Germany
Germany players celebrate their penalty shootout win over Italy in the Euro 2016 quarterfinalsIANS

Attacking football from both teams in a match has been very much the exception to the rule in this Euro 2016, with quite a few of the sides going with the let's-set-a-solid-defensive-base-and-see-where-we-can-go-from-there strategy. Germany and France are not among those teams, however, which is why the Euro 2016 semifinal in Marseille promises so much.

The world champions vs the hosts would have made a perfect final, but a semifinal is the next best thing, and neither will want to be knocked out just a step below the summit clash.

France and Germany were tipped as the favourites to lift the Euro 2016 title at the start of the tournament, largely because of their attacking pedigree. While France have Antoine Griezmann, Olivier Giroud and Dimitri Payet, Germany have Thomas Muller, Mesut Ozil and Julian Draxler. With the midfield maestros Paul Pogba and Toni Kroos a little deeper, this is a match that should have a lot of entertainment, even with the injury woes that Germany have coming into this match.

France sent out a message to Germany with a powerful attacking show against Iceland in the quarterfinals, beating the team that have captured everyone's imagination 5-2. Fear and worry, though, do not exist in the German football dictionary.

"Fear never comes into it," Muller told reporters. "We know France have many good players, but Iceland didn't honestly look that good at the back so if we defend well as a team, we will not let these players get into positions to show their class."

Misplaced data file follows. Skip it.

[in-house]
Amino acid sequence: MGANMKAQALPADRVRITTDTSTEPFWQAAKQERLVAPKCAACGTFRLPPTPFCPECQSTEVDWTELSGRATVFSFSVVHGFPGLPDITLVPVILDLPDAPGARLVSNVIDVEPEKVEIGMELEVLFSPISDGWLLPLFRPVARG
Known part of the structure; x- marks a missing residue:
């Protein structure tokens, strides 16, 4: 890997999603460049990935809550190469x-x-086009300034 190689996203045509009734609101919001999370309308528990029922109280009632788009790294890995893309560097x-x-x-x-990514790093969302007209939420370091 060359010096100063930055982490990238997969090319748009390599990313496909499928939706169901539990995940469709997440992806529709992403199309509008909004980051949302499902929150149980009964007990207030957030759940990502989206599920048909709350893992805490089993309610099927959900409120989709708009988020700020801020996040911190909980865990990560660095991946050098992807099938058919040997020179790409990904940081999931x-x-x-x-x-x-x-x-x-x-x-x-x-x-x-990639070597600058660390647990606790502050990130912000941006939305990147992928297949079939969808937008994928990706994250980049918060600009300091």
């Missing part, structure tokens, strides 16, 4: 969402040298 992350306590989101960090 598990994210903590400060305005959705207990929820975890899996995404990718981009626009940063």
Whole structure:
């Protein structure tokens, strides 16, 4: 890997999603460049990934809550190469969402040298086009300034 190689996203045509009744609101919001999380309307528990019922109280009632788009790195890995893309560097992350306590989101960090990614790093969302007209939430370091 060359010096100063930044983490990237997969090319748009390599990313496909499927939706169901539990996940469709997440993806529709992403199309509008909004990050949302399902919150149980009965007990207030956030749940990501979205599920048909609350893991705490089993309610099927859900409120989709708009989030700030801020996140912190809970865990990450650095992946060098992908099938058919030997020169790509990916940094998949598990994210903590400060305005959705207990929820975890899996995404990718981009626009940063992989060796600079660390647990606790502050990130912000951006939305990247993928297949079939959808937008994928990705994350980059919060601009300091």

Germany have been about efficiency so far in Euro 2016, without really turning it on, barring that one match in the last 16 against Slovakia. Against Italy, in the quarterfinals, they seemed to have the match under control after Ozil put them in front in the second half, only for a daft handball from Jerome Boateng to see them lose the firm grip they had on the match.

They eventually prevailed in the penalty shootout, like they always do, but silly mistakes are something that Germany cannot afford against France. Didier Deschamps has got his France team playing without fear, but, up against their biggest test yet, and in a major tournament semifinal in front of their fans, could the choke come into effect?

"We haven't taken on as big a country as Germany yet," France midfielder Moussa Sissoko, whose team lost 1-0 to Germany in the 2014 World Cup quarterfinals, said at a media conference. "We're not going to complain about our draw as it allowed us to reach the semis. Thursday is a huge game.

"We want to win at all costs in order to qualify. Being knocked out in the quarters at the last World Cup still sticks in the throat. We have a calmer team than two years ago and we've had good results. We now need to prove ourselves on the field. Thursday, on paper, is the biggest game of the tournament. We'll do everything we can to reach the final."

Euro 2016 Semifinal 2: Germany vs France.

Date: Thursday, July 7.

Time: 9 p.m. local time (12.30 a.m. IST, 8 p.m. BST, 3 p.m. ET).

Venue: Stade Velodrome in Marseille.

TV listings: India: Sony Six/HD and Sony ESPN/HD. Germany: SRF, ARD and ORF1. France: TF1 and Bein Sports 1. UK and Ireland: BBC One. USA: ESPN. Canada: TSN and RDS. Australia: Bein Sports Australia 1. Latin America: DirecTV Sports. China and Hong Kong: CCTV and LeTV. Middle East and North Africa: Bein Max 1, 2 and 3. Singapore: Eleven Singapore, ABS-CBN and Singtel. Malaysia: Astro SuperSport. Thailand: Channel 3 and CTH. South Africa and Sub Saharan Africa: SuperSport.

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